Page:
School Interventionist for School Problems
Imagine, for a moment, a school where: meetings focus on priority school goals and all members of the staff strategize together on the steps to accomplish them.
Students become part of the solution for their own academic or behavior issues by identifying times when they are slightly more successful.
Parents work with the school regarding their child’s education because the school counselor and administrator use the parent as a consultant.
Teachers see themselves and their students as competent individuals and deal with challenges in the classroom on their own, using solution focused conversations that result in respect between both parties.
(Metcalf, L. Field Guide to the Solutuion Focused School, 2008).
Yes....this is possible and it is happening around the world.
Why does this work?
In problem focused approaches, too much time is spent on what is not working, instead of looking in a variety of contexts for times when things are working. Using this approach, empowerment takes place in the very first meeting and keeps everyone focused on the direction of choice.
For example, a twelve year old with repetitive behavior problems would be asked: "tell me about times when you don't let the behavior take you over...what is different then? What do you do, where are you, what are you thinking about, what are your parents or teachers doing?"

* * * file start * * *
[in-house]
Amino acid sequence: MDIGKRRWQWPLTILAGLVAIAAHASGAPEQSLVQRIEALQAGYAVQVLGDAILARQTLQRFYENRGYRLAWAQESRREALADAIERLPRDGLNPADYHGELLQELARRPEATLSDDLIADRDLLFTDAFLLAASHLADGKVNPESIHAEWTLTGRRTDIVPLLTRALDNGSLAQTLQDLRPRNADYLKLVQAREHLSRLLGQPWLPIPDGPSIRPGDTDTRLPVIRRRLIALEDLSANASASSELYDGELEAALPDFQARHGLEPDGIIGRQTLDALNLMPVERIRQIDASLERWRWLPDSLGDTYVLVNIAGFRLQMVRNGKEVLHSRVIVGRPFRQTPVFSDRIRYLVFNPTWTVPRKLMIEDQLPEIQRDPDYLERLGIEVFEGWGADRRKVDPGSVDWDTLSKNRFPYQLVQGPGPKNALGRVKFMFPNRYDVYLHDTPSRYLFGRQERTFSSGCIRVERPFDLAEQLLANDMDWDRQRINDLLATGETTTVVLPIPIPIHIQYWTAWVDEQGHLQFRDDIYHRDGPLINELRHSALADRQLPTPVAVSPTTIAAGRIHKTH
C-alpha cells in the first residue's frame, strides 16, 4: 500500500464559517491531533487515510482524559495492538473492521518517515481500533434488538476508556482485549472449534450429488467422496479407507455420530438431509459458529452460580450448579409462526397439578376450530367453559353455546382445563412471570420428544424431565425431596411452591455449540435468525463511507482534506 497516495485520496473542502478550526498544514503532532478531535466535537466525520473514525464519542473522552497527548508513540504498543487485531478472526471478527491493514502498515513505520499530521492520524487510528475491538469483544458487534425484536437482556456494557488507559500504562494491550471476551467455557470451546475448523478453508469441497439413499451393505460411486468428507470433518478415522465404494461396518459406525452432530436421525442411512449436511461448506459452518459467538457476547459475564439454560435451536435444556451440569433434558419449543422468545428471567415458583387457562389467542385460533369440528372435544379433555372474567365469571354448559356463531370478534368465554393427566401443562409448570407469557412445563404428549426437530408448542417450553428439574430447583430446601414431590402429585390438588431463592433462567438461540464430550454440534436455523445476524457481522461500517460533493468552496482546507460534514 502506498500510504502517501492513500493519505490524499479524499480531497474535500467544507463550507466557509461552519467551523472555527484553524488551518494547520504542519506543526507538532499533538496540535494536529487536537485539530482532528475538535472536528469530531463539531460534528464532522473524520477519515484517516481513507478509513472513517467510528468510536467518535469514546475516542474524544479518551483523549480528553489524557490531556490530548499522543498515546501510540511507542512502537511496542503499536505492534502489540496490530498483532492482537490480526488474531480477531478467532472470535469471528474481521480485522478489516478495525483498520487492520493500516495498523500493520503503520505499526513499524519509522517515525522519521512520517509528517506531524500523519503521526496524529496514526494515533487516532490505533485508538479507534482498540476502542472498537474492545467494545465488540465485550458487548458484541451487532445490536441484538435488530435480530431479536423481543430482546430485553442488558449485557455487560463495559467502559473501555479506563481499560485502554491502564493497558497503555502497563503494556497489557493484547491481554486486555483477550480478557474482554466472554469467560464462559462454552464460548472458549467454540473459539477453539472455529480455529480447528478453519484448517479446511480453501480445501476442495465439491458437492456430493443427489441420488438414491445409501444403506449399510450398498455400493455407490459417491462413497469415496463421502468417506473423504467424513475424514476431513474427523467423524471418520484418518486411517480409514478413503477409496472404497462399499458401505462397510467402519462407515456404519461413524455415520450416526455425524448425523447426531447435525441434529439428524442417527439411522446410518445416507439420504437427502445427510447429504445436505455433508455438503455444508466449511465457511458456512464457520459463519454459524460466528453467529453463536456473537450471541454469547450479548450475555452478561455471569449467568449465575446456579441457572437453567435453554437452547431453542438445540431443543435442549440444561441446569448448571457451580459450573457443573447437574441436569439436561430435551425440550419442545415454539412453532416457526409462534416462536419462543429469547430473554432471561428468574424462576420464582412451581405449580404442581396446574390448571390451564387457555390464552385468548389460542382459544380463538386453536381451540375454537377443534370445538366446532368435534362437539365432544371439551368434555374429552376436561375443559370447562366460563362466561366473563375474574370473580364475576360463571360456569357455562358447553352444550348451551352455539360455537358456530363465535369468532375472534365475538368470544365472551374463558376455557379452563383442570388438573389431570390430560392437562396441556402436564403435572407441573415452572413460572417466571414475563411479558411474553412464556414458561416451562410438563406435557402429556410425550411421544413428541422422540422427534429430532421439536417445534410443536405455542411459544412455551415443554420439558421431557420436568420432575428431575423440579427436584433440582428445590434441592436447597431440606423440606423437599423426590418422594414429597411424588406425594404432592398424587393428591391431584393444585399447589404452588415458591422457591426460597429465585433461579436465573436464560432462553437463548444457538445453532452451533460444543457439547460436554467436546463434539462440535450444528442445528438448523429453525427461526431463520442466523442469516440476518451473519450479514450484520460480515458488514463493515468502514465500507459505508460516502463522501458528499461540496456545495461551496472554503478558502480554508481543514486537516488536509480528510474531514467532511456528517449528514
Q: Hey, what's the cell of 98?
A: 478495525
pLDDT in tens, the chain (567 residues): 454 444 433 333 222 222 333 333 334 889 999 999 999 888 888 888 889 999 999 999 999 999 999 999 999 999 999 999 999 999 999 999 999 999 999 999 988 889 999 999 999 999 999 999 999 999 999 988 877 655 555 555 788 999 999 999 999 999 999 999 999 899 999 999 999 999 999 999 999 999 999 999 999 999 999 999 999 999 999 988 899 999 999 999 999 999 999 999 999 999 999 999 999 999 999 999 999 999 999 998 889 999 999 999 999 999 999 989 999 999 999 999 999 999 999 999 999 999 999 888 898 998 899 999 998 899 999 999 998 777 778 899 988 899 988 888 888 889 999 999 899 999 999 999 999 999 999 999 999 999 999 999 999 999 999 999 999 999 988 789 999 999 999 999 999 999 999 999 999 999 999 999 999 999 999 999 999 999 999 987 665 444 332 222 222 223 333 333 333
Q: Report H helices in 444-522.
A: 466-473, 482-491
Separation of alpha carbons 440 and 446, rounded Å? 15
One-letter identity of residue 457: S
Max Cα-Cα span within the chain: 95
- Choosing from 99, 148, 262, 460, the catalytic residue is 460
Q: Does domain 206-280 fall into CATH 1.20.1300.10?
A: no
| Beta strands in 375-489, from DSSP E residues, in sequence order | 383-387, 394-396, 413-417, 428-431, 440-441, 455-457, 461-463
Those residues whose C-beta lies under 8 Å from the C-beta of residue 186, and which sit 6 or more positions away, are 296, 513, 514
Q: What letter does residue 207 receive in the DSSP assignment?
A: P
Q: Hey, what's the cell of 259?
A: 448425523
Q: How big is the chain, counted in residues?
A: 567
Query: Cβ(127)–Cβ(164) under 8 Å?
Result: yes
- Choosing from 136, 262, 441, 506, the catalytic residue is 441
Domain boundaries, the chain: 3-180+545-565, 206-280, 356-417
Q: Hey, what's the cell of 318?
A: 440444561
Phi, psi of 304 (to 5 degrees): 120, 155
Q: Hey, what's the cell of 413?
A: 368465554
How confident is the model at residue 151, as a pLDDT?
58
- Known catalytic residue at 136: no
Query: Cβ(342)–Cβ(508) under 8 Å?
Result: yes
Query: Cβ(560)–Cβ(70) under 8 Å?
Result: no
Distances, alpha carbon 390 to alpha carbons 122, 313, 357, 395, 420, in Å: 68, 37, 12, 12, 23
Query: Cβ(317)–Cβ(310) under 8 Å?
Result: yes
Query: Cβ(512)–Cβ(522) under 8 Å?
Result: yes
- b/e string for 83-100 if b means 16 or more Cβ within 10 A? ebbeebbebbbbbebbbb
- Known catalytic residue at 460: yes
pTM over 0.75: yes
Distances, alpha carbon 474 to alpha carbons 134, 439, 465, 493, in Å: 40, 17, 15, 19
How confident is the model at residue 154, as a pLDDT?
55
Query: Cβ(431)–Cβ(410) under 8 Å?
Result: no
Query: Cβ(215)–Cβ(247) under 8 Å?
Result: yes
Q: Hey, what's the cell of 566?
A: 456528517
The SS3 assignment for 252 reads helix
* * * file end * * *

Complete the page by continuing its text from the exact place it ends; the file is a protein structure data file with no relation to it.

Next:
At first, a twelve year old may be taken back. After all, who asks the student when he/she is successful. But as the school counselor perseveres and stays patient, solutions emerge:
'When I am in science class. I like that class because we are in pairs and its not boring."
"When I am in Ms. Tatum's class. She likes me and when I raise my hand, she calls on me."
"At football practice- I always do what the coach says because I don't want to run laps."
These "exceptions" to times when the negative behavior happens become clues for change. The school counselor can then see what Ms. Tatum and the science teacher and the coach do that encourages success. And, the student is empowered because he has discovered himself, that things are not always as bad as he thought. When the school counselor meets with his team (recommended) and shares the exceptions, with the student present, the system changes.
This is a tidbit of what these workshops are about. They offer practical, hands on strategies that work!
The workshops take the typical school issue and meld it with a solution focused approach which also accomplishes the following:
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Any opinions are mine, and any errors, omissions, or misrepresentations are my responsibility alone.
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